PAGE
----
What caused two nesting failures on the same plant?

posted in: Nesting-failed, Sunbirds | 5

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Lam Chun See lives in a house popular with nesting birds. In late June 2007 a pair of Yellow-vented Bulbuls (Pycnonotus goiavier) visited his place and decided to set up home in his balcony. After a few days of hard work, before their home was even completed, the pair mysteriously left, leaving a mess of leaves, twigs, moss and other stuff on his balcony floor. As he wrote in his blog, “I don’t know what caused them to abandon their project. I don’t think it was lack of resources. Maybe they didn’t like my hardworking maid disrupting their project every morning when she cleaned the balcony. Or they were upset with my intrusion into their privacy when I mounted my camera on a tripod just a few feet from their nuptial bed. In any case, my family was quite disappointed at this rejection.”

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“Before long, another pair of birds came looking for a home. This time it was a female sunbird. And she started building her nest on the very same bromeliad plant that the bulbuls did (above).

“Again, after the nest was completed, the sunbirds also left without moving in to their new home (left).”

It is possible that the bulbul’s nest was raided by some bird or other. The clue is the mess of nest materials lying on the ground. As for the sunbird’s nest, it has to be another raid, this time not destroying the nest. Or can it be that the bird was building a trial nest?

Anyone with other possibilities?

On 16th July 2007, Chun See wrote:
“I was mistaken when I said that the sunbirds (Yes, there are two of them. The other one has blue colour) have deserted their nest. They do come and stay in the nest occasionally, but it is very difficult to photograph them because the entrance to the nest is very small. Unlike the usual bowl-shaped nest, this one has just a tiny hole. Also, the entrance is facing away from our house, and because the balcony is narrow, there is no way to go around to photograph them without disturbing the bird(s).”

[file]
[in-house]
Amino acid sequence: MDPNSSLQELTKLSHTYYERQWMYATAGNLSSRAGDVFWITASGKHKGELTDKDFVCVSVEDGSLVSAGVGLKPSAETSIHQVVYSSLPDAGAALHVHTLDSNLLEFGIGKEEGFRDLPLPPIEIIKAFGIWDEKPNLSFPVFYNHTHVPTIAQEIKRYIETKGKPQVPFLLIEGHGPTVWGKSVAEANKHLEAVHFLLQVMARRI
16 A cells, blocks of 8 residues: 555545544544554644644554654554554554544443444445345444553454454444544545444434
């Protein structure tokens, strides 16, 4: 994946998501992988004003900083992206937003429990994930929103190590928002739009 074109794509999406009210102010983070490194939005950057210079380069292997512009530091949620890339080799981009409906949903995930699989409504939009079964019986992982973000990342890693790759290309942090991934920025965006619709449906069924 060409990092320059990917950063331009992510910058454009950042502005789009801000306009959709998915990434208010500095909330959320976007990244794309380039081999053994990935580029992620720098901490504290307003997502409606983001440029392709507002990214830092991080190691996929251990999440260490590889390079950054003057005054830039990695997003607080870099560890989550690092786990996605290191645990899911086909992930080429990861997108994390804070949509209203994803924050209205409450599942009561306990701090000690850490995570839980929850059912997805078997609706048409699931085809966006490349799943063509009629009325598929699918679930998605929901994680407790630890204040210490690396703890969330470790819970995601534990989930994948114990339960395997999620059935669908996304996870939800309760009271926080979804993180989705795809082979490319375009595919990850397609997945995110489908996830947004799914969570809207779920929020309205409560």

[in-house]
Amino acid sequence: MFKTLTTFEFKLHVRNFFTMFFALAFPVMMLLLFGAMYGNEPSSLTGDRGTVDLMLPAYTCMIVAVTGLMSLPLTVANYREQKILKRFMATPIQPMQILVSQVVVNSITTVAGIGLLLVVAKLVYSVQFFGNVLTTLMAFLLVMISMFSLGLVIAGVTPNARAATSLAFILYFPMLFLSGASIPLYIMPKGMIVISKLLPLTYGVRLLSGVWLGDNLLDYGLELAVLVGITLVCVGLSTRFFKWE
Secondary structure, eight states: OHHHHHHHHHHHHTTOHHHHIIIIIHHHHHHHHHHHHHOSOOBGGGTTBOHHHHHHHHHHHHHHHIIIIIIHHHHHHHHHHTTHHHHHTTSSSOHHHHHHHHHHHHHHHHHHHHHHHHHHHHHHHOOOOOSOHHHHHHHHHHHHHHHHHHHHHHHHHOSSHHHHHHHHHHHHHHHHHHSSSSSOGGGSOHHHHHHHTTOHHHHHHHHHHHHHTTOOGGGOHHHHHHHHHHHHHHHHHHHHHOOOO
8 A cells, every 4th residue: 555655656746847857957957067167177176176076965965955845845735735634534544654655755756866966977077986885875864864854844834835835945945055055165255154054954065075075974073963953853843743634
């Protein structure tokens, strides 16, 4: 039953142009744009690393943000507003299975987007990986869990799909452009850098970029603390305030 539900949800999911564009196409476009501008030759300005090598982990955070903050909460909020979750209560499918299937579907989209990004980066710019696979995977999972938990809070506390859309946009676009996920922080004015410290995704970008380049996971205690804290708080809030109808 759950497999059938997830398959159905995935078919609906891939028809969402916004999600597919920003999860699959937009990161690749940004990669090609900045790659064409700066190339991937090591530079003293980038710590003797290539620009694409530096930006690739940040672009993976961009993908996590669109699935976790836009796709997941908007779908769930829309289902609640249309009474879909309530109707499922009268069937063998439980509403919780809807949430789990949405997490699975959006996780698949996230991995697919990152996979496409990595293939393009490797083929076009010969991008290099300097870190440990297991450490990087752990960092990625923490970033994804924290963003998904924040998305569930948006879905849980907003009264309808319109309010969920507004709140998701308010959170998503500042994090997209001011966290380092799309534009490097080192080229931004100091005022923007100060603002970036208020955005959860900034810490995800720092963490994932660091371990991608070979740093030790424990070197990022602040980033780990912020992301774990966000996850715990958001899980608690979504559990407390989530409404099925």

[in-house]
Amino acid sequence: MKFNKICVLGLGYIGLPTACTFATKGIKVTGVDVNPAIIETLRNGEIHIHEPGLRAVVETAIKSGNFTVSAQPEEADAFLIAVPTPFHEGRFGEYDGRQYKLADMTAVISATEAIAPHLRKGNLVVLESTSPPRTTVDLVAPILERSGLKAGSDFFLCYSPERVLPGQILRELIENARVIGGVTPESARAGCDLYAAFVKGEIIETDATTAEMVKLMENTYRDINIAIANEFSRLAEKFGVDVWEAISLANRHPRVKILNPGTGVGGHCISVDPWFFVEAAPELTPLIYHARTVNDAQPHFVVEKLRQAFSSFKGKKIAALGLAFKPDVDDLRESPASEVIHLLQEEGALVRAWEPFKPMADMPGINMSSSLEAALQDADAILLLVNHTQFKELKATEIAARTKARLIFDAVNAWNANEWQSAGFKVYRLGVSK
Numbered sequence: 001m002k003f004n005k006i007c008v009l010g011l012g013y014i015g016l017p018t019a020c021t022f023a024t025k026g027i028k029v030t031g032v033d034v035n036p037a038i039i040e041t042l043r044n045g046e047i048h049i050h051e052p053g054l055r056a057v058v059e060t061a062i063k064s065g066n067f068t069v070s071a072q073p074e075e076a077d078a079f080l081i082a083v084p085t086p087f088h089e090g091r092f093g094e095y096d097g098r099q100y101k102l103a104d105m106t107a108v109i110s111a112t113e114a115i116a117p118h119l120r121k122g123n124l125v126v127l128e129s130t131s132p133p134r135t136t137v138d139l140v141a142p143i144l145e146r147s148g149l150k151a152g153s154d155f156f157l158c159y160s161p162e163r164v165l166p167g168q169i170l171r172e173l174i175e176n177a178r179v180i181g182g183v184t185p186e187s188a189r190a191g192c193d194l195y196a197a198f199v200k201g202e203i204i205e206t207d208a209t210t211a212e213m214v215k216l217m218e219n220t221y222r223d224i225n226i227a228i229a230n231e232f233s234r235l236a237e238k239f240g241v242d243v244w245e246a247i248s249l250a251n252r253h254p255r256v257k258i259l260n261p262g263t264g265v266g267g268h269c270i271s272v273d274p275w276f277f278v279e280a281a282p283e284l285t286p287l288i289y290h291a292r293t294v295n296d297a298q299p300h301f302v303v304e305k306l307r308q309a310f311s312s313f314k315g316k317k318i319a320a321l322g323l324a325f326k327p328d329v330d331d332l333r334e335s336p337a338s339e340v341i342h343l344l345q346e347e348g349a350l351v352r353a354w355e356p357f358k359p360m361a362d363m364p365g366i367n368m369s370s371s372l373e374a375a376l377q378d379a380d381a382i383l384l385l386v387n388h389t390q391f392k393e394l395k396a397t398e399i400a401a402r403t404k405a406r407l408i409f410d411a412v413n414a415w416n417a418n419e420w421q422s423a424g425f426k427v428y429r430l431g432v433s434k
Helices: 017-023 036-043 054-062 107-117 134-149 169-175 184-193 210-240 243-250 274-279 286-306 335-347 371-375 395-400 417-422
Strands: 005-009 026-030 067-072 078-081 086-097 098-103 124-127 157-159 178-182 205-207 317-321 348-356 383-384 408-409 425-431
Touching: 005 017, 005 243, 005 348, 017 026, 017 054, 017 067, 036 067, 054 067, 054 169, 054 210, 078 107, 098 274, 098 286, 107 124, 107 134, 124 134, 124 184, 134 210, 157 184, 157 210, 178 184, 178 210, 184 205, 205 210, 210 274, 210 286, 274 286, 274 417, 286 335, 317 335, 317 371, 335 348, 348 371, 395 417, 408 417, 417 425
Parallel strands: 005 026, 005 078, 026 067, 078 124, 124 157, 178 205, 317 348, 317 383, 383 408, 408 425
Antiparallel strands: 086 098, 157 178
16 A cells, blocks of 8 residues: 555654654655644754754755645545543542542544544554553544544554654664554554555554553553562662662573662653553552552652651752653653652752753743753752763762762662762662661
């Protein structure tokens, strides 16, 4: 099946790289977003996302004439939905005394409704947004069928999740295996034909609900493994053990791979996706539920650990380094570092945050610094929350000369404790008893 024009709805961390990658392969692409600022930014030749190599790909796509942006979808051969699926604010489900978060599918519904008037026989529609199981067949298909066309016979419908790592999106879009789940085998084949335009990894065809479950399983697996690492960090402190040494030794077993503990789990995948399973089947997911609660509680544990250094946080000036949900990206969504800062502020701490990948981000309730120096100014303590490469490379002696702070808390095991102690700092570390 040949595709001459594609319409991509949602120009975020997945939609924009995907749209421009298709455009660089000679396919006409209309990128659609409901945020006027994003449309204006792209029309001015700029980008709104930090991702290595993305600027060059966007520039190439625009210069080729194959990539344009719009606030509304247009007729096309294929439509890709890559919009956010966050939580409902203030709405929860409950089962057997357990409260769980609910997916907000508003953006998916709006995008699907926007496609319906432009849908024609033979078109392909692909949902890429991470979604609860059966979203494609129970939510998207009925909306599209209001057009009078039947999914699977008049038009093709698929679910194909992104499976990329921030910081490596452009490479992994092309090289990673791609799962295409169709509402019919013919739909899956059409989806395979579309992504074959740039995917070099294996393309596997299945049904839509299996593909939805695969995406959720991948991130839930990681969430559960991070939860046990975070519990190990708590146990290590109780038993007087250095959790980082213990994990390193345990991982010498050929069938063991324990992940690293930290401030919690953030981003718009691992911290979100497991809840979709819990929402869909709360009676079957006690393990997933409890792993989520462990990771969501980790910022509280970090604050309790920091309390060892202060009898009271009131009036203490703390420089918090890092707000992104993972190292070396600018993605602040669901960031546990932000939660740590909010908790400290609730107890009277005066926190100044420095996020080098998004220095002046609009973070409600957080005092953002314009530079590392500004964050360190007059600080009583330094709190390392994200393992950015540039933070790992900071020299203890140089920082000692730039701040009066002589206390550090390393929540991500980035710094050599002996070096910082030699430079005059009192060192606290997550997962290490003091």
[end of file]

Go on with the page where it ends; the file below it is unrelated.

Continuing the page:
Lam Chun See
Singapore
July 2007

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5 Responses

  1. YC. Thanks for putting up my story. Readers will be glad to know that the female spends a lot of time in the nest; which means there are probably eggs inside. I have managed to take some photos of it with its beak sticking out of the nest and will share with you shortly.

    But I am very worried that the nest will drop off the bromeliad as it seems to be just hanging quite precariously. Furthermore there’s ocassional strong wind blowing and the bromeliad is itself hung from a ceiling lamp, and hence sways quite a bit. I remember reading an earlier story here of a collapsed sunbird nest built in some money plant in one of your readers’ balcony.

    I have a question about the yellow-vented bulbuls. You wrote in the previous article that their nest tend to be the open type. Then how come they tried to build it on the bottom of our bromeliad, which has nothing to support the nest.

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  2. Strange! Now how did the bulbuls build their nest at the bottom of the bromeliad plant? Are you sure it was not a sunbird?

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  3. You are right. I just checked with my son and he said they were sunbirds. I don’t know how I could have made the mistake becos the yellow-vented bulbuls have previously made a nest in our garden. The earlier photos can be seen:

    here,
    here, and
    here.

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  4. […] caused two nesting failures on the same plant?” was posted earlier. Lam Chun See then thought that the pair of Olive-backed Sunbirds (Cinnyris jugularis) that had […]

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  5. Need help or advice please. One of 2 sunbirds at the backyard just died. It fell off from the nest 3 days ago(nest located at my backyard & I have since laid thick bedsheets to cushion the chicks subsequent falls).I have carefully put it back in the nest whenever it fell off the nest in the last 3 days (not sure if it was pushed out from the nest by the other chick or?) Yesterday morning, it was still chirping when I returned it to its nest. 3 hours later, I went to check on the chicks and it apparently fell off the nest again and laid there motionless, dead 🙁 Not sure if it had injured itself during the 1st fall or too hungry? Now, the nest is left with 1 chick. Occassionally, the mother bird will return (but not this morning). Now I am worried that the other chick may not survive. I have already laid thick bedsheet on the tiled floor to cushion the fall. What else do I need to do? Tried feeding the chick yesterdaywith tiny worm and tiny slice of orange but it refuses to eat. What can I do? Please advice.

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